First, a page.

Prospero and his colleagues spent six years studying the island of Heimaey, South Iceland and taking measurements of dust particles, or aerosols in the air. The researchers identified frequent episodes of dust production in the region, which in some cases reach 20 micrograms of particles per cubic meter, and found that dust emissions from the island tend to be higher in the spring.

15 Interesting Animal Facts



1. The alligator can close its jaws strong enough to break the arm of a person, but the muscles that open are so weak that he can keep his mouth shut with one hand.

2. The Koala sleeps more than any other animals. It sleeps no less than 22 hours a day.

3. The bees are born, live and die at the same size.

4. The whale shark has more than 4,500 teeth.

5. A canary’s heart beats one thousand times per minute.

6. Flies have about 15,000 taste buds.

7. The crocodile’s brain is the size of a thumb.

8. While the man has over 600 muscles, a caterpillar has over 2,000.

9. Ostriches never bury their heads in the sand, as what we see in cartoons.

10. Pigs are unable to bury their heads due to its anatomical structure.

11. Rats multiply so quickly that in just a year and a half, two rats could have over a million descendants.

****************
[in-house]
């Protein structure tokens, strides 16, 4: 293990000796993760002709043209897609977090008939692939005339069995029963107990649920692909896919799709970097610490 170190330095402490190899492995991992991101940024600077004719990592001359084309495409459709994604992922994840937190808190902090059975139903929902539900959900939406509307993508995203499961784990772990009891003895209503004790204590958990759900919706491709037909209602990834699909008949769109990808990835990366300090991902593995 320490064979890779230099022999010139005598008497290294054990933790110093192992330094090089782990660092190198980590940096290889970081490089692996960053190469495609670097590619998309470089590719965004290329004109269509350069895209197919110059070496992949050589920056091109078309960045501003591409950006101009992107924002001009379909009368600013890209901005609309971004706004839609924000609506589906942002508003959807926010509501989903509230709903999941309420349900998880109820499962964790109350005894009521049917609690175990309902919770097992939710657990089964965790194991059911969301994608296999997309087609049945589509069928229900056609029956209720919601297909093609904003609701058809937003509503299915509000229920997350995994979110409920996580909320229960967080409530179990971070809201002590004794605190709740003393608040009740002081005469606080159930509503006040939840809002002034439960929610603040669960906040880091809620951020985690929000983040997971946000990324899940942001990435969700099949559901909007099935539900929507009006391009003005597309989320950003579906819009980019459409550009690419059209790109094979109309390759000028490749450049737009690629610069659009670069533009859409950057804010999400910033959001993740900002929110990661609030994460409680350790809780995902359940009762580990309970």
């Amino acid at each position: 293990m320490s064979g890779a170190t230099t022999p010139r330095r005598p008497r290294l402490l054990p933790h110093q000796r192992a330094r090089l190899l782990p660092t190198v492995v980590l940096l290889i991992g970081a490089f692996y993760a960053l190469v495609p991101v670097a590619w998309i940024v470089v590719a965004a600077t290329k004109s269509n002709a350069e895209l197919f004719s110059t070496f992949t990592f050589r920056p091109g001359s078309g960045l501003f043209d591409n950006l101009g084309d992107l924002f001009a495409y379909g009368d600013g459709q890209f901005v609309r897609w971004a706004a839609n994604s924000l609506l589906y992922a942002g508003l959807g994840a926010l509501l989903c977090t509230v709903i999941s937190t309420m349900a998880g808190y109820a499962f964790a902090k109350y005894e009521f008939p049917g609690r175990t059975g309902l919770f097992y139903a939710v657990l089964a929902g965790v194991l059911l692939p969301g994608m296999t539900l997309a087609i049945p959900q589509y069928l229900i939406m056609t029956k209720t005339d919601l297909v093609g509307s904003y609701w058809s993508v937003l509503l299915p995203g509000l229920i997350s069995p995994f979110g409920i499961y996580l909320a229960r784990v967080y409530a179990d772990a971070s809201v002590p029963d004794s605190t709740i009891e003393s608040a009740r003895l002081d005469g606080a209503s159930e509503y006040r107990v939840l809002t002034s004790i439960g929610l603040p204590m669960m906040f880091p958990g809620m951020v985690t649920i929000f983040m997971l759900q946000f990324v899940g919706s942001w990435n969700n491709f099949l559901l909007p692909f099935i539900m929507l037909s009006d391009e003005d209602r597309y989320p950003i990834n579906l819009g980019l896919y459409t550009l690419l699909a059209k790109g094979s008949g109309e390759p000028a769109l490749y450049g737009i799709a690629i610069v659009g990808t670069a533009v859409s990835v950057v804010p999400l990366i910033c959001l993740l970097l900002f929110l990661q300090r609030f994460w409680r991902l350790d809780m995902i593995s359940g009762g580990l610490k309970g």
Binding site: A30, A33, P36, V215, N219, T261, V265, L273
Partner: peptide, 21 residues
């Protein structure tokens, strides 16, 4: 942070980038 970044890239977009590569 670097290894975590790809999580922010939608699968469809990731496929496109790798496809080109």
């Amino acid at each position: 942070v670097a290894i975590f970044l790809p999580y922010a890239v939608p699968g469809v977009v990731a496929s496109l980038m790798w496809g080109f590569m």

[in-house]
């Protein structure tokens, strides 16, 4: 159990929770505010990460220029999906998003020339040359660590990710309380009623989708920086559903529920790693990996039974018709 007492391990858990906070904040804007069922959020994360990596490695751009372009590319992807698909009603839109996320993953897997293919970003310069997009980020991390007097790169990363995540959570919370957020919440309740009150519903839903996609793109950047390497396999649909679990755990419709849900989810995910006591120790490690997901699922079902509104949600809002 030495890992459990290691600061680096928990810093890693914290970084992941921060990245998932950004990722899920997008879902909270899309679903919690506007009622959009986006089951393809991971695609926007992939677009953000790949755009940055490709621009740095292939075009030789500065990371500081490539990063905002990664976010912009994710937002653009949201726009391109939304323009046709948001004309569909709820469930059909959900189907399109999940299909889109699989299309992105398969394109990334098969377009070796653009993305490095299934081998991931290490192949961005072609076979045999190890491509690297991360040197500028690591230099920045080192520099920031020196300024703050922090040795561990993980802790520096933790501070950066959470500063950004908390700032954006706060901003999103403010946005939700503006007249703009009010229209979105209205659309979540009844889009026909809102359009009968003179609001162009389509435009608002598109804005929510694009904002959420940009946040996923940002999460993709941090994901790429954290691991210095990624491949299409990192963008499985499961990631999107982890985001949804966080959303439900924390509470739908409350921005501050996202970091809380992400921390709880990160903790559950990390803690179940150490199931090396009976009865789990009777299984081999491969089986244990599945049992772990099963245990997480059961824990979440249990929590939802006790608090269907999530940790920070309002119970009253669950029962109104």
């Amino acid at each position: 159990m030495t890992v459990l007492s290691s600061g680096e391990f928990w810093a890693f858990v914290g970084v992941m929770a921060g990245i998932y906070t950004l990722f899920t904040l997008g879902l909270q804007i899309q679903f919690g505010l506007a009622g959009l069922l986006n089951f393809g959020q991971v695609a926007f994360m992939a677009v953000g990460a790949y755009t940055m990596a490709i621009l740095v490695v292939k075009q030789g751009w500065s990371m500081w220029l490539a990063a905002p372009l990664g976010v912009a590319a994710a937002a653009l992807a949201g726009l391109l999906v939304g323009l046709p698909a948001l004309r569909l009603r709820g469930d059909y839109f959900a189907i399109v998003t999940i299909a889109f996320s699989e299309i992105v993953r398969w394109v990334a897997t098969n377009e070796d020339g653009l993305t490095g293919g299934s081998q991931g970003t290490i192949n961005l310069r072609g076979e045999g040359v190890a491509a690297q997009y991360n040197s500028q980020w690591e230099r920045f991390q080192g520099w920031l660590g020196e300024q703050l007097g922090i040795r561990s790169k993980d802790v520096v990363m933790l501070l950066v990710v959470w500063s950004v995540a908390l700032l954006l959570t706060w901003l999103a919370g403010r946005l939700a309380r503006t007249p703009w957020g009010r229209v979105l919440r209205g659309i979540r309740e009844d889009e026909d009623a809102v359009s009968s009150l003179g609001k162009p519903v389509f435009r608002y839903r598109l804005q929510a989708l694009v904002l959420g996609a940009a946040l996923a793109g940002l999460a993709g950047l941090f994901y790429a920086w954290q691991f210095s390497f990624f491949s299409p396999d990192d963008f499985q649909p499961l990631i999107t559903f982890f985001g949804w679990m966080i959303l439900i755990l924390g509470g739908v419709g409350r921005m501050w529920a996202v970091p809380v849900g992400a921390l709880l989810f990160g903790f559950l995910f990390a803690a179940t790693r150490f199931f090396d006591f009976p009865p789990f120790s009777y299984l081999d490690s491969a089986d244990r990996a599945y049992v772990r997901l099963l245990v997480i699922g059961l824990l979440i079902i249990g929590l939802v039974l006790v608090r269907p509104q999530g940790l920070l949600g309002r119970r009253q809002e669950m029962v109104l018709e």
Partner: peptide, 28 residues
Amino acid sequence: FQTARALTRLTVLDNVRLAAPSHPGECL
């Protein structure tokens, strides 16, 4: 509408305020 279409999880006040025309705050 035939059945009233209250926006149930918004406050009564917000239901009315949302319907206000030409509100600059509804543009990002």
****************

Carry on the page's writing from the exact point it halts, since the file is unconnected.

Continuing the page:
12. The “quack” of a duck does produce an echo. Urban legend says “no”.

13. You can lead a cow up some stairs, but do not down because a cow’s knees cannot bend in a proper way to walk downhill.

14. A cockroach can live more than a week without a head, dying of hunger over time.

15. On arrival of a British man to Australia, he was amazed by the sighting of a kangaroo (an animal that was not yet discovered at the time). They called a native and repeatedly tried to ask the animal’s name using signs and jumping gestures. Noting that the Indian always said “Kan Chu Ru”, they referred to the animal as “Kangaroo” (Kangaroo). Linguists later determined that the meaning of what the natives told him was “I do not understand.”


Global warming has caused the current wave of cold in Europe?

It sounds paradoxical, however scientists are capable to explain the harsh winter that now overwhelms Europe by melting of large masses of ice in the Arctic, melting which is a result of global warming.

Complex characteristics of the wind were disturbed by the ice melting Arctic, scientists believe, it considers that it is cold explanation that hit Europe in recent weeks and has killed over 200 people.

Read More …